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Representative is registered with and offers only securities and advisory services through PlanMember Securities Corporation, a registered broker/dealer, investment advisor and member FINRA/SIPC. 6187 Carpinteria Avenue, Carpinteria CA. 93013, (800) 874-6910. Randall Wealth Management Group and PlanMember Securities Corporation are independently owned and operated. Trevor R. Randall - CA Insurance License #0I08678

 

PlanMember is not responsible or liable for ancillary products or services offered by Randall Wealth Management Group. The views expressed may not necessarily reflect those held by PlanMember Securities Corporation (PSEC). Material presented is believed to be from a reliable sources and PSEC makes no representation as to it accuracy or completeness. 

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Reassess Your Retirement Plan


Approximately five years before you plan to retire, thoroughly reassess your retirement plans and ensure that all significant financial pieces are in place. Once you retire, you probably won’t have the option of going back to your former job. So before you retire, consider these points:

  • Take a serious look at your retirement plans. You’re close enough to retirement that you should have a good feel for your retirement expenses and expected income. While you may be anxious to retire, remain flexible about your retirement date. Working an additional year or two can add substantially to your retirement savings and may boost your retirement benefits.

  • Get a fix on your Social Security and other benefits.Make sure you know exactly how much you can expect from Social Security and defined-benefit plans. How much will your benefits increase if you delay retirement by one year, five years, etc.? If you retire before full retirement age for Social Security purposes, do you plan on still working? Be aware that those under full retirement age for Social Security purposes will lose $1 of benefits for every $2 of earnings over $17,040 in 2018. Make sure you understand your distribution options for any defined-benefit plans. In most cases, those decisions are irrevocable, so you’ll want to take some time to assess those options.

  • Determine how much income your retirement investments will generate. As a general rule of thumb, you can multiply your retirement investments by 4% to get an idea of how much you can withdraw annually. You can go through a more detailed analysis, reviewing a wide range of variables, for a more precise answer. However, the younger you retire, the more conservative your withdrawals should be, since your funds will have to last for a longer time period.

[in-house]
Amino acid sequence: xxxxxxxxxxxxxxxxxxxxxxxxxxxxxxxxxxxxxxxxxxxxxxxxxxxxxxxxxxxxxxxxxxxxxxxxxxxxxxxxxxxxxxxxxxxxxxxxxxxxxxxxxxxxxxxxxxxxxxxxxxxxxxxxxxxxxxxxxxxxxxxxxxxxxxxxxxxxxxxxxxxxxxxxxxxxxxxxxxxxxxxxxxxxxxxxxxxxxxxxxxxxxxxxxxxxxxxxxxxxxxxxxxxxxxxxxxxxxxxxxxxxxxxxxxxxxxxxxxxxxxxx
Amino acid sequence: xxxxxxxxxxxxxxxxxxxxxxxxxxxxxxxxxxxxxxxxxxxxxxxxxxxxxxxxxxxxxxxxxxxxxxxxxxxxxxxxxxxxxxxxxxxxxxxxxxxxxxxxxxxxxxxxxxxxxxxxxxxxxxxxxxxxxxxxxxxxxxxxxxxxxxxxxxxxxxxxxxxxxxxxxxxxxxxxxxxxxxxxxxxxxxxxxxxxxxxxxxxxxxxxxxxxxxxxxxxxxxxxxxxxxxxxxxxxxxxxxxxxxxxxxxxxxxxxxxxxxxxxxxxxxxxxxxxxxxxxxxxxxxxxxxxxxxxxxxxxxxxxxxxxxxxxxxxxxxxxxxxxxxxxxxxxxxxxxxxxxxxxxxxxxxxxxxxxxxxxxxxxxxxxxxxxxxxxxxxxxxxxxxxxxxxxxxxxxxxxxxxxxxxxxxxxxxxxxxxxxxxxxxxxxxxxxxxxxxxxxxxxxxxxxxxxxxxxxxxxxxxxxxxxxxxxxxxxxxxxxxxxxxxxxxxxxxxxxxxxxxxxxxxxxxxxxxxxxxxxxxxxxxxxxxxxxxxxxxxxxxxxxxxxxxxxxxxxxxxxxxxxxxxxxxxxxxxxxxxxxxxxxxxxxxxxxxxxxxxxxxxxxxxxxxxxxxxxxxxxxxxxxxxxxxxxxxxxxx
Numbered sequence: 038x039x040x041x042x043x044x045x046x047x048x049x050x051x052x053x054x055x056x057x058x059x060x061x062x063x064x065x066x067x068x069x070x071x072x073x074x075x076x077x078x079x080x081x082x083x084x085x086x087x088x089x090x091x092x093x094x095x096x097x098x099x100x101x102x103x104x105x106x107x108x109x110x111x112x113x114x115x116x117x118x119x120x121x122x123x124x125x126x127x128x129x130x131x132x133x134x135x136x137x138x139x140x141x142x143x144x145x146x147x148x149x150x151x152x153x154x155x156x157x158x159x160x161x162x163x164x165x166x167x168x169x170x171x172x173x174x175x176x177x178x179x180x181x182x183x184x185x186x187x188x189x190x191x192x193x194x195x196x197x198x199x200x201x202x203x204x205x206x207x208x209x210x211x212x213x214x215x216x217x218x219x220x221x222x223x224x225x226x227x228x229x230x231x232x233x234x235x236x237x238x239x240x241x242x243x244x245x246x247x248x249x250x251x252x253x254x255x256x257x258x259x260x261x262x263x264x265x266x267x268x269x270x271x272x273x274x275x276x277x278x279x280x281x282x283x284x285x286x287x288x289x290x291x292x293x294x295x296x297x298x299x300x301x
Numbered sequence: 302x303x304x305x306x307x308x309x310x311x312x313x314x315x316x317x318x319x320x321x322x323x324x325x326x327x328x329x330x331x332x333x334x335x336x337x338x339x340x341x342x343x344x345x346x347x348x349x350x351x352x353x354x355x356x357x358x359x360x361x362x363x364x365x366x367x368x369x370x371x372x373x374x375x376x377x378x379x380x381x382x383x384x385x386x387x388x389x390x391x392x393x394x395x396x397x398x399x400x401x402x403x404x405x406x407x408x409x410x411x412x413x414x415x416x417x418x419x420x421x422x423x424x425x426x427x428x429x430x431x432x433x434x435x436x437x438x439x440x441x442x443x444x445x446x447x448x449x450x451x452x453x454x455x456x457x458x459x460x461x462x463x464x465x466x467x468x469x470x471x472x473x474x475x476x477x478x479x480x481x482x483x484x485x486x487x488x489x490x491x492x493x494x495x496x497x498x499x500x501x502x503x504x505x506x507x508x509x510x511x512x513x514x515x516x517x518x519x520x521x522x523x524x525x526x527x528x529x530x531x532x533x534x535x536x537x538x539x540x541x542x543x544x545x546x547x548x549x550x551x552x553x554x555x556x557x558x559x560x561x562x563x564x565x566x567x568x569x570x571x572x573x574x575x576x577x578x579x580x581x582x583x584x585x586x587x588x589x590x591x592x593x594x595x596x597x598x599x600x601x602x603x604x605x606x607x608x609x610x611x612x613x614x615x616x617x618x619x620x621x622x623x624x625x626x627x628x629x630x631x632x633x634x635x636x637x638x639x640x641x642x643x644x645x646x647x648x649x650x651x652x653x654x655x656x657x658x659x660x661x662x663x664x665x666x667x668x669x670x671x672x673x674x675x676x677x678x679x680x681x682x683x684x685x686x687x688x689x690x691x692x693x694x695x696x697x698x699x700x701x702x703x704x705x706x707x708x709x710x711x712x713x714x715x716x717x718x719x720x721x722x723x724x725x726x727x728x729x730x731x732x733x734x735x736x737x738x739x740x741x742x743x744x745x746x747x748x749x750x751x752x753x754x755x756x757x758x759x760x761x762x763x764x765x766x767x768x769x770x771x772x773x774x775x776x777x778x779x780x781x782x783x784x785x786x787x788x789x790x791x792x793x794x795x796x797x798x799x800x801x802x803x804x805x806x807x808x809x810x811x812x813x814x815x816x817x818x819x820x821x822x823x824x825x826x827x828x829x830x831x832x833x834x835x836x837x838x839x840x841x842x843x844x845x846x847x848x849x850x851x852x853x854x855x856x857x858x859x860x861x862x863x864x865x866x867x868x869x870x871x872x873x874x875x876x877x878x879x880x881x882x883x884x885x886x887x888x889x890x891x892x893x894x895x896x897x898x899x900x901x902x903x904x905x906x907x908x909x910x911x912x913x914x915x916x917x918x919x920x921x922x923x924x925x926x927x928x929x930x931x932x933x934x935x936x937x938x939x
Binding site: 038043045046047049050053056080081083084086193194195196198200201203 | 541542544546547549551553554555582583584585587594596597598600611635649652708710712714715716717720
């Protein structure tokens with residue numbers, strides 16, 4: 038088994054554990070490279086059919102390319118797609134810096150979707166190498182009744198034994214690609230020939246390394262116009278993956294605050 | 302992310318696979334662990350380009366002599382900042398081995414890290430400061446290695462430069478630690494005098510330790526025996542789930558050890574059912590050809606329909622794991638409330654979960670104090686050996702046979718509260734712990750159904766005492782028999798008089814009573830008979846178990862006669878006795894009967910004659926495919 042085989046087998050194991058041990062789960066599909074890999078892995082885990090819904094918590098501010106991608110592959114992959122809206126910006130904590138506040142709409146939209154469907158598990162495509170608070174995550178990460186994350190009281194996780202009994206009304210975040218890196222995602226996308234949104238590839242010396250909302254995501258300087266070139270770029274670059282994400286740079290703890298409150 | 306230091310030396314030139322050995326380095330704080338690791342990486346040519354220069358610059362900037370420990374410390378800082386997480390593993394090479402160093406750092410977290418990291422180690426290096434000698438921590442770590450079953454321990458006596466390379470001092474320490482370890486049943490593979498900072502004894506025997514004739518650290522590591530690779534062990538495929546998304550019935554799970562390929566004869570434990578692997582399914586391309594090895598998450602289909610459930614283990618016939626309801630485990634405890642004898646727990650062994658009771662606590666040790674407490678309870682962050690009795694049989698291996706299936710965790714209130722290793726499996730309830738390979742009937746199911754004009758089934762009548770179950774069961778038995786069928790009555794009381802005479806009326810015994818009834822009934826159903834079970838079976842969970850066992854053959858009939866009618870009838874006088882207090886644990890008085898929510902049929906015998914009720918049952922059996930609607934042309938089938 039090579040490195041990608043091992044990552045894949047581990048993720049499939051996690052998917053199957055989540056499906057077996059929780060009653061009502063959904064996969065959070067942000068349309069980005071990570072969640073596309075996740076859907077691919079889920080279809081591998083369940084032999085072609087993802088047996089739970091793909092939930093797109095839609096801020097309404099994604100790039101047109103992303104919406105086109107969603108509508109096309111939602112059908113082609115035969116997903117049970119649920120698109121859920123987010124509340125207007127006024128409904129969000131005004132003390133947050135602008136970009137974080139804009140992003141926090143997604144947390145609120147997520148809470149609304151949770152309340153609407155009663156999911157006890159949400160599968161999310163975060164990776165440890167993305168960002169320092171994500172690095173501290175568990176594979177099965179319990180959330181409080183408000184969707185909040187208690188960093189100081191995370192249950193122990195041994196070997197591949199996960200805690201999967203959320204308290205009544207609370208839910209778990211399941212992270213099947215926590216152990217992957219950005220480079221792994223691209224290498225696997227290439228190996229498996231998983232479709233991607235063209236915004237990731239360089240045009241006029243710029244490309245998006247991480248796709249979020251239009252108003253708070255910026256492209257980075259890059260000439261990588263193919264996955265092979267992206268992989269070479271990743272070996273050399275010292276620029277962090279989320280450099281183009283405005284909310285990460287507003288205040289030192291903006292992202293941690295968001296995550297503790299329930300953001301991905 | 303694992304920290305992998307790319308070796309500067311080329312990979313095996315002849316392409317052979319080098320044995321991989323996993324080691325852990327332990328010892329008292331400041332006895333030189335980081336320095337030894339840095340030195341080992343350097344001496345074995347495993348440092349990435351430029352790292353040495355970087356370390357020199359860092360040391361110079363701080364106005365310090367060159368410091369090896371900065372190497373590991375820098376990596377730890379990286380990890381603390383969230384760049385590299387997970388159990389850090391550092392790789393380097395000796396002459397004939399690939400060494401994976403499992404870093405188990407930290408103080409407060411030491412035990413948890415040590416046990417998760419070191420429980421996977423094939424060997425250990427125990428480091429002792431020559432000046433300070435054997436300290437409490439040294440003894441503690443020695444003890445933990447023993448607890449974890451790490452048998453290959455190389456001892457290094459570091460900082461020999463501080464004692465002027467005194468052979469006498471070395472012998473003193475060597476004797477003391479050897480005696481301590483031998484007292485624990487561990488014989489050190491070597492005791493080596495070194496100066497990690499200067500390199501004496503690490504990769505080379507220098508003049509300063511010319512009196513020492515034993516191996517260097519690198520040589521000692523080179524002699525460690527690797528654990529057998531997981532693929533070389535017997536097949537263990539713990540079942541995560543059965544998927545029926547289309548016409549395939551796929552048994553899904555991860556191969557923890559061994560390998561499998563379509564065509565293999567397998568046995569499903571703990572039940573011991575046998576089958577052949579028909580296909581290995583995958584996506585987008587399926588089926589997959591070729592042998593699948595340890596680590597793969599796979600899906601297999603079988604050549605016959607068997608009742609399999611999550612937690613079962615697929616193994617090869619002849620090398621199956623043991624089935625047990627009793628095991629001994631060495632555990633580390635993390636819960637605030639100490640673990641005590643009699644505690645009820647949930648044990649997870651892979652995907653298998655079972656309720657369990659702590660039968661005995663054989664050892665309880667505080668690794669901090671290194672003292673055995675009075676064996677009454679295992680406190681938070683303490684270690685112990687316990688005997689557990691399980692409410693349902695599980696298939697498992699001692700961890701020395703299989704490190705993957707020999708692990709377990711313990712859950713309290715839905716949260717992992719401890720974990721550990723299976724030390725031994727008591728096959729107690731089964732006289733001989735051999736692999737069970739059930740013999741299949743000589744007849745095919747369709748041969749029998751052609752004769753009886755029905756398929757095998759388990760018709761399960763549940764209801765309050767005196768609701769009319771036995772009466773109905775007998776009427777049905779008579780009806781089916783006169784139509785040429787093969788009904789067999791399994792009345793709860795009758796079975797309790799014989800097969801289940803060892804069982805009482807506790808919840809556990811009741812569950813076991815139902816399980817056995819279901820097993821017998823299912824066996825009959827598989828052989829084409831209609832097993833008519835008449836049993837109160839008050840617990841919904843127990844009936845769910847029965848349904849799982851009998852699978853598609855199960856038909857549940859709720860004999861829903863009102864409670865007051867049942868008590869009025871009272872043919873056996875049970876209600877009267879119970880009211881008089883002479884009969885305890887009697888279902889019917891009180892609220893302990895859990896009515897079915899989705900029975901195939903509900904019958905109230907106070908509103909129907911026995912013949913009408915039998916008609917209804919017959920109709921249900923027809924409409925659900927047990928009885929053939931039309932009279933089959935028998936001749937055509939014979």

• Investigate work options. If you plan to work at least part-time during retirement, have you decided what you’ll do and how much it’ll pay? Make sure you investigate your options, including asking your current employer about part-time opportunities after retirement.

  • Finalize living arrangements. Determine whether you want to stay in your current home or move to another one, either in the same city or a different location. At this point, you should be able to determine whether you’ll have a mortgage and how much equity you have in your home. While most retirees continue to live in their current home, explore whether it makes sense to downsize, freeing up home equity for investments or retirement income.

  • Deal with healthcare insurance and long-term-care costs. Two of the most significant costs in retirement are medical and long-term care. Make sure you have plans to deal with both. If you are retiring at age 65 or later, you’ll be eligible for Medicare, although a spouse under age 65 will not. You will probably need supplemental coverage with Medicare. If you are retiring before age 65, make sure you know exactly how much coverage will cost you, especially if coverage is not provided by your employer. Now is also a good time to take a look at long-term-care insurance, since premiums get significantly more expensive as you age.

  • Live with your retirement budget for a couple of years. Want to really make sure your retirement budget is reasonable? Try living with your retirement budget for a couple of years before retirement. If you can do so without increasing your debt, you can be reasonably confident your budget will work during retirement.

Representative is registered with and offers only securities and advisory services through PlanMember Securities Corporation, a registered broker/dealer, investment advisor and member FINRA/SIPC. 6187 Carpinteria Avenue, Carpinteria CA. 93013, (800) 874­-6910. Randall Wealth Management Group and PlanMember Securities Corporation are independently owned and operated. PSEC is not responsible or liable for ancillary products or services offered by Randall Wealth Management Group or this representative. CA Insurance License: #0727953.

This newsletter was prepared by Integrated Concepts Group, Inc. The opinions expressed in this newsletter are for general information only and are not intended to provide specific investment advice or recommendations for any individual. It is suggested that you consult your financial professional, attorney, or tax advisor with regard to your individual situation. The views expressed are those of the author and may not necessarily reflect those held by PlanMember Securities Corporation. Material presented is believed to be from a reliable sources and PSEC makes no representation as to it accuracy or completeness.


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